QCOSTARICA – The government of Rodrigo Chaves has set an initial value of US$1.785 billion dollars in the legislative bill for the selling off of the Banco de Costa Rica (BCR) – Costa Rica’s State bank.
The Executive Branch extracted this figure from a calculation made by the Departamento de Investigaciones Económicas del Banco Central de Costa Rica (BCCR) – Department of Economic Research of the Central Bank of Costa Rica (BCCR) – in 2022.
“It is an estimate made with a series of limitations and strong assumptions, based on accounting information obtained from the annual audited and consolidated financial statements of the BCR financial conglomerate,” says the bill presented last week and is already in the hands of the legislators.
Read more: Government presents bill to sell off the Banco de Costa Rica
The bill takes into account some difficulties during the real calculation of the value of an entity of this nature, due to the protection of some data through banking secrecy.
“To determine the market value in a more reliable way, it will be required that at the time of the sale, a new determination is made based on the corresponding study,” says the bill presented by the Government.
The bill also recognizes that said bank is an “asset of great value for the Costa Rican State”.
“The BCR is a very corporate bank, which has good indicators,” said the Minister of Finance, Nogui Acosta, to questions from the press.
The same document issued by the Central Bank and cited in the bill indicates that the BCR is a mature, stable bank with a high level of value compared to the market.
The bill presented by the Government establishes that both national and international parties, through auction with a reserve price, can make an offer for the purchase of the state bank.
It also orders the creation of a Sales Committee that will provide technical-financial advice, but not binding. And it will be this committee, made up of ministers, who will present the proposals to the Governing Council (Cabinet) for voting and final decision.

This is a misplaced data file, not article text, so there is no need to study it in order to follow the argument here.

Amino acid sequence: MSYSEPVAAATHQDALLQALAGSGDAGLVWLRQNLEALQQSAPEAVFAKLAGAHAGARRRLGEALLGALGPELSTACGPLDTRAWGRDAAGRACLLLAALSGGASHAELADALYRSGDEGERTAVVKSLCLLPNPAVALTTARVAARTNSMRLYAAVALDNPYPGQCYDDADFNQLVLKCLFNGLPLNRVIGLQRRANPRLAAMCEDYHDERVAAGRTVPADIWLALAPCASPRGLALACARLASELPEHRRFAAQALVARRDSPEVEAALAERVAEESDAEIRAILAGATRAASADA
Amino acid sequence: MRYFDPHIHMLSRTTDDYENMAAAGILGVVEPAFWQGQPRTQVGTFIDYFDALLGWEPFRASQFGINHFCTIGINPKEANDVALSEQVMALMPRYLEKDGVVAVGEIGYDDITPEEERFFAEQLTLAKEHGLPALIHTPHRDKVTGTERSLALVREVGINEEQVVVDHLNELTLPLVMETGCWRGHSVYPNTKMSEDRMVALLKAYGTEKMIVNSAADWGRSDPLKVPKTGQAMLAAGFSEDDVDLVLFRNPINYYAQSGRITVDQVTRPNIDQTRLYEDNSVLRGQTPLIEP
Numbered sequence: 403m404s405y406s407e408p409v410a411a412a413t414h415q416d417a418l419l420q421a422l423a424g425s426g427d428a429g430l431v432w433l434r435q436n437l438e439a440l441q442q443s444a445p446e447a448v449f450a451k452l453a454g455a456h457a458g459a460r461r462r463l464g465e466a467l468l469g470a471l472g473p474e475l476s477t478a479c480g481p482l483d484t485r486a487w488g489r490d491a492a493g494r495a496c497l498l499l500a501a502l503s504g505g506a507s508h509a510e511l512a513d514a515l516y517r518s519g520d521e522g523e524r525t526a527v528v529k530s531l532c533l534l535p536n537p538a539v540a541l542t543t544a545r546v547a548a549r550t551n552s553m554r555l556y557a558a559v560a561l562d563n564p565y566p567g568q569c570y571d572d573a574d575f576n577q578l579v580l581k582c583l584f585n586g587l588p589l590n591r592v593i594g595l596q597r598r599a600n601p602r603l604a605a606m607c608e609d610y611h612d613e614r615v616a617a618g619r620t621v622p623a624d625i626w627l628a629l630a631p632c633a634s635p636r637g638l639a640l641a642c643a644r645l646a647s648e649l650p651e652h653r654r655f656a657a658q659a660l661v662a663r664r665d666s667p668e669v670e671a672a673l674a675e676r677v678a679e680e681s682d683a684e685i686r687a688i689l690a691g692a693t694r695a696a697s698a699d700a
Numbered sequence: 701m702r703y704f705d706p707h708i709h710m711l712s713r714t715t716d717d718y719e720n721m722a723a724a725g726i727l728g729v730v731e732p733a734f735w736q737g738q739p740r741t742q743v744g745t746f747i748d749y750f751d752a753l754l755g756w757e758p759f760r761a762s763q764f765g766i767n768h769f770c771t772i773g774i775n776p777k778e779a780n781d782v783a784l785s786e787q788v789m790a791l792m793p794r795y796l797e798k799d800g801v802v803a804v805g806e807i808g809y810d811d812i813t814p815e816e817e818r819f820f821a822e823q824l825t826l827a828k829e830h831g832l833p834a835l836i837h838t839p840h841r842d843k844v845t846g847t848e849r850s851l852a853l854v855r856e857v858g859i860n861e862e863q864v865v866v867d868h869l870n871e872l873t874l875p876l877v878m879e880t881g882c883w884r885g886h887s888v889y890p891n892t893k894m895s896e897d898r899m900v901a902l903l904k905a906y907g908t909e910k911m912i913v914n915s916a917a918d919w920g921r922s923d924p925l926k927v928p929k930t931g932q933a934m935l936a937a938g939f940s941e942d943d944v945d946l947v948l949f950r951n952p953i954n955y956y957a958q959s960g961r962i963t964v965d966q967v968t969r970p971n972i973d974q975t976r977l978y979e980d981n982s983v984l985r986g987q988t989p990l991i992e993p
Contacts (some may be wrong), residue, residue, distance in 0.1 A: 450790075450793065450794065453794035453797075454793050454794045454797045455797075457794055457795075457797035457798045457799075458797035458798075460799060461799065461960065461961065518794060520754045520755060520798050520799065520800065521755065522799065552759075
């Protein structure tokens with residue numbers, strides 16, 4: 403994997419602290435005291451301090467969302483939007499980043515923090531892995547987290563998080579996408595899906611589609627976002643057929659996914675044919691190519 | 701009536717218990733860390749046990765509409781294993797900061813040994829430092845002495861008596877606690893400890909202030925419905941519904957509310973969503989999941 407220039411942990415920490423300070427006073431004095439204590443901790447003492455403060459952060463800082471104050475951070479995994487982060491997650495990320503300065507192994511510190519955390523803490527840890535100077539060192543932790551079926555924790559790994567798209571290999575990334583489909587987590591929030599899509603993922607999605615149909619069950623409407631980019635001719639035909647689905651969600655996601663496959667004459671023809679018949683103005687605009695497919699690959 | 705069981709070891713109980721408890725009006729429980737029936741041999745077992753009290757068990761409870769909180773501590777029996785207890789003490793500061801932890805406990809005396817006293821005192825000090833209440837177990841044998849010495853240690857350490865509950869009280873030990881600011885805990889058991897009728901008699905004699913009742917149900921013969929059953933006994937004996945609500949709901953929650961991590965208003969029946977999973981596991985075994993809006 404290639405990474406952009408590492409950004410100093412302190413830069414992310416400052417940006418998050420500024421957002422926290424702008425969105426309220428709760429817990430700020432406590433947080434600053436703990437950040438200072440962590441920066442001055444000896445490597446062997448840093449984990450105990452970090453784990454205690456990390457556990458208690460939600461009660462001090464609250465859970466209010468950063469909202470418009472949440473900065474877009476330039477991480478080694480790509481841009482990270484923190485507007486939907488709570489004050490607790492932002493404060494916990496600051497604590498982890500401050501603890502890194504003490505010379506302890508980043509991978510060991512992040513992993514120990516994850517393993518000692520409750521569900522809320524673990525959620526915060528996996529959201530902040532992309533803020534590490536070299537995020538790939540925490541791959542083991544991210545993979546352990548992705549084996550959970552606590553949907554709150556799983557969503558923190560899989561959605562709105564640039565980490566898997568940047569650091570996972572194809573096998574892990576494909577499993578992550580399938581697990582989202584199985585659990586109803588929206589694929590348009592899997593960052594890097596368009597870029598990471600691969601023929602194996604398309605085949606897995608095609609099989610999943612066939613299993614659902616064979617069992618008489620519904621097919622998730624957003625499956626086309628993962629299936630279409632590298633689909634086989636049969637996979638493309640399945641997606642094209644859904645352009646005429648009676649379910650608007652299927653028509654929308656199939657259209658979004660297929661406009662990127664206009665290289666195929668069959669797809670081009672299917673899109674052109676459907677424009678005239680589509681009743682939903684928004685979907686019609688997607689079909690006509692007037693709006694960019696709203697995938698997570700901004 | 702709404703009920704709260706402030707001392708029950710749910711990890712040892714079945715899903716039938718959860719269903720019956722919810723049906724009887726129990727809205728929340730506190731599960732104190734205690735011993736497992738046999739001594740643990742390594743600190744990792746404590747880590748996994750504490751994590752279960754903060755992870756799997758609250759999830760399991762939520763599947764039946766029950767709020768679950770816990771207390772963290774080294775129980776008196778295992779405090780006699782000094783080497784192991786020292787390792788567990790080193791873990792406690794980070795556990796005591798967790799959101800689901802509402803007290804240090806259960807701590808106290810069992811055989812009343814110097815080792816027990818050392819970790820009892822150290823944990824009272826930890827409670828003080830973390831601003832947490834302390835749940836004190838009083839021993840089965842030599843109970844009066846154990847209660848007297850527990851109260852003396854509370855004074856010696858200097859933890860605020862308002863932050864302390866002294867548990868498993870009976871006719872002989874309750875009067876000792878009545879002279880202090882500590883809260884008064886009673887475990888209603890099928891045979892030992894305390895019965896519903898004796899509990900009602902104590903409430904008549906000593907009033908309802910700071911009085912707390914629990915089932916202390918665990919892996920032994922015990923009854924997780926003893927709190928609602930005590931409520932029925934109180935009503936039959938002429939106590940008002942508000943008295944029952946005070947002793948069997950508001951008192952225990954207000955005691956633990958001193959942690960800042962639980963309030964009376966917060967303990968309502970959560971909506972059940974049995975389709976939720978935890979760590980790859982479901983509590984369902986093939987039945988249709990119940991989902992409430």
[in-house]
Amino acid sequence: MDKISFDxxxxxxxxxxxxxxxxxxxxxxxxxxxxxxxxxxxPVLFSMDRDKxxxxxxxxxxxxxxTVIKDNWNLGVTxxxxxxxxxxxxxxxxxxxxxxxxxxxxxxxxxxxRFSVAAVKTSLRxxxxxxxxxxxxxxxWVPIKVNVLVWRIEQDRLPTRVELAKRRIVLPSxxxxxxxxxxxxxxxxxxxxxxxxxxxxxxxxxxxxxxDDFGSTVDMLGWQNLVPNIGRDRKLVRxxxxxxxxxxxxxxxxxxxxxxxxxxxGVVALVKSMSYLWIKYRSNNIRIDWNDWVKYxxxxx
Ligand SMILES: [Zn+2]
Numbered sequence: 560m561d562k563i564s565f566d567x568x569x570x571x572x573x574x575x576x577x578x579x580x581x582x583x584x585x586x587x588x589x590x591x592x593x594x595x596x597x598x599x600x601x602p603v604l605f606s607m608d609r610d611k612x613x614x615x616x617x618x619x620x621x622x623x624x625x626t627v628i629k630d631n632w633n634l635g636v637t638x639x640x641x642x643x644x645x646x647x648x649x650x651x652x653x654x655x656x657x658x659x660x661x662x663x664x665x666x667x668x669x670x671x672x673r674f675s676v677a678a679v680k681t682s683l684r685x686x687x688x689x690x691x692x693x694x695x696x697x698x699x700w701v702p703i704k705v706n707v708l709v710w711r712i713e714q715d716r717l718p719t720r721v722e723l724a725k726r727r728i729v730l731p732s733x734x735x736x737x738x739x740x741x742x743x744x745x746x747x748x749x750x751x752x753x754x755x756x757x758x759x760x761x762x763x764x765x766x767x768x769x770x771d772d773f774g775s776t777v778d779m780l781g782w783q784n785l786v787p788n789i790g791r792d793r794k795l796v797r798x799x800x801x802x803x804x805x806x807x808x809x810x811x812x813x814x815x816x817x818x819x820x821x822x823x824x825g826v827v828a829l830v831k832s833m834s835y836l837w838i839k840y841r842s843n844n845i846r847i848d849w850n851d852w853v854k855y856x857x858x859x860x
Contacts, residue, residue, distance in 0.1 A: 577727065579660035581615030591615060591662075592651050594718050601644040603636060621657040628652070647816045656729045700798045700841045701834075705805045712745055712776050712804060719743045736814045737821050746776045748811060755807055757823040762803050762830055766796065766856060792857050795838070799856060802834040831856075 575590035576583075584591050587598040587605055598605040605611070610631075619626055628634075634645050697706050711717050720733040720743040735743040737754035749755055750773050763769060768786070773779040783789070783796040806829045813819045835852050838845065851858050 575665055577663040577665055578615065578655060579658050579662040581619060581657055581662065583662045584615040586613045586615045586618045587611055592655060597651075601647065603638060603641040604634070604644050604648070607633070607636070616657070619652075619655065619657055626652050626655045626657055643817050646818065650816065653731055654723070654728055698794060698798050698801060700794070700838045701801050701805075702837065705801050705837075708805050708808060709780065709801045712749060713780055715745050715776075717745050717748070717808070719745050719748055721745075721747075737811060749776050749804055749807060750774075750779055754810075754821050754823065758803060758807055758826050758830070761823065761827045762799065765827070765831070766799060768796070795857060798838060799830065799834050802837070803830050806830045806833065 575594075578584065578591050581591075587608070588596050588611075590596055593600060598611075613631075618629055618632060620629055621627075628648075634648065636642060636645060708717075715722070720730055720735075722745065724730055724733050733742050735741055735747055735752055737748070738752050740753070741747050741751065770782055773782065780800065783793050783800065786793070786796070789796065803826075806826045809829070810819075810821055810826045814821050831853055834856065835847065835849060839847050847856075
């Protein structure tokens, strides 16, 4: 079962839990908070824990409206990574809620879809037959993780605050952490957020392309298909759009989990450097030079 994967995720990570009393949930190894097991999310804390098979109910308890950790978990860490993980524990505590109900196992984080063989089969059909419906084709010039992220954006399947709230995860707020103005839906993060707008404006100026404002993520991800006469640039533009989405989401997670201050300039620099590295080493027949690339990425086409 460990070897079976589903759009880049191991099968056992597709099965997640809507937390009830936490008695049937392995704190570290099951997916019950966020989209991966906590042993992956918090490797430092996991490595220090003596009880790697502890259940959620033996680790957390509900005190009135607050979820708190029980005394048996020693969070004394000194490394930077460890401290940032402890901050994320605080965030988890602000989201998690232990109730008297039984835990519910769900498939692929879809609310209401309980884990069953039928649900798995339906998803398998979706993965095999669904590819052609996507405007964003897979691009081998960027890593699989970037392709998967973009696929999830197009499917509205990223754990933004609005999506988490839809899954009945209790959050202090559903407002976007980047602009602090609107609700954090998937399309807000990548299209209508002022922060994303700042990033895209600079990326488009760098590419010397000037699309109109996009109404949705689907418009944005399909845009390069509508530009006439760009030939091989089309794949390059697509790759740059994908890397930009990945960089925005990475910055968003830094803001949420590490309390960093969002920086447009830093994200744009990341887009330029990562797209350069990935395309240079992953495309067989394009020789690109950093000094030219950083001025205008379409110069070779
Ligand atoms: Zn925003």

One of the functions of said advisory is “to issue written recommendations, non-binding, in relation to the expressions of interest and the technical offers that are presented,” says article 12 of the bill.
The advice may be both public and private. In other words, there will be the participation of officials from the BCR and other entities, but the Ministry of Finance will also be able to contract people and firms.
Legislators Eli Féinzaig, of the Partido Liberal Progresista (PLP), and a strong critic of the sale of the BCR, pointed out that “the financial advisor hired in the process of preparing the sale must prepare a formal valuation study of the bank prior to the sale”.
“I take the value quoted in the bill as merely indicative,” he added.
Féinzaig has been emphatic that the process proposed by the government places “too much” responsibility on ministers who are politically appointed.
Others, such as legislator and head of the Partido Liberación Nacional (PLN) legislative group, Kattia Rivera, listed a series of concerns about the bill, among them are that the Sales Committee is political and not technical and expressed concern of the fate of the bank’s 4,000 employees.